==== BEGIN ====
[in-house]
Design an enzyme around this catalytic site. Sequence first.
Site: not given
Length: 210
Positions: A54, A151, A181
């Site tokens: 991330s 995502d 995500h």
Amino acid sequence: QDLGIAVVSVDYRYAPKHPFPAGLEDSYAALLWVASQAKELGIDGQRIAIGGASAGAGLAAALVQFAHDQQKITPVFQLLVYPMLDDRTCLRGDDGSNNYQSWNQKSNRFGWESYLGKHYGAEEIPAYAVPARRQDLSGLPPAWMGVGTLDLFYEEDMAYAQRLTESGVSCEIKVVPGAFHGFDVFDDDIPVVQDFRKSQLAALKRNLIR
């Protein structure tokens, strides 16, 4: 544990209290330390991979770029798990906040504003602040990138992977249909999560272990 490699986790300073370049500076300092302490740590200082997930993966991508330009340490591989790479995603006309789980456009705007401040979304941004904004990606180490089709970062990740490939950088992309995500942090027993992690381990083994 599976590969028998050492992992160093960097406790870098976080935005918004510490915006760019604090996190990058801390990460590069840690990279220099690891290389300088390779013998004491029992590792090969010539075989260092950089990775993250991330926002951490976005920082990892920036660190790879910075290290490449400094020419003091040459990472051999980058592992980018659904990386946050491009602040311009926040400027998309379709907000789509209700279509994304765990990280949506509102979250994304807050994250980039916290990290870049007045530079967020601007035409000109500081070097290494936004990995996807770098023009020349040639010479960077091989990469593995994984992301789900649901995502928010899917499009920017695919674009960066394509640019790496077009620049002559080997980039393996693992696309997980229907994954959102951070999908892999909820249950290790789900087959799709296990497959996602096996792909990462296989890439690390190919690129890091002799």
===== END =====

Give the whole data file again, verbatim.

[in-house]
Design an enzyme around this catalytic site. Sequence first.
Site: not given
Length: 210
Positions: A54, A151, A181
């Site tokens: 991330s 995502d 995500h």
Amino acid sequence: QDLGIAVVSVDYRYAPKHPFPAGLEDSYAALLWVASQAKELGIDGQRIAIGGASAGAGLAAALVQFAHDQQKITPVFQLLVYPMLDDRTCLRGDDGSNNYQSWNQKSNRFGWESYLGKHYGAEEIPAYAVPARRQDLSGLPPAWMGVGTLDLFYEEDMAYAQRLTESGVSCEIKVVPGAFHGFDVFDDDIPVVQDFRKSQLAALKRNLIR
């Protein structure tokens, strides 16, 4: 544990209290330390991979770029798990906040504003602040990138992977249909999560272990 490699986790300073370049500076300092302490740590200082997930993966991508330009340490591989790479995603006309789980456009705007401040979304941004904004990606180490089709970062990740490939950088992309995500942090027993992690381990083994 599976590969028998050492992992160093960097406790870098976080935005918004510490915006760019604090996190990058801390990460590069840690990279220099690891290389300088390779013998004491029992590792090969010539075989260092950089990775993250991330926002951490976005920082990892920036660190790879910075290290490449400094020419003091040459990472051999980058592992980018659904990386946050491009602040311009926040400027998309379709907000789509209700279509994304765990990280949506509102979250994304807050994250980039916290990290870049007045530079967020601007035409000109500081070097290494936004990995996807770098023009020349040639010479960077091989990469593995994984992301789900649901995502928010899917499009920017695919674009960066394509640019790496077009620049002559080997980039393996693992696309997980229907994954959102951070999908892999909820249950290790789900087959799709296990497959996602096996792909990462296989890439690390190919690129890091002799």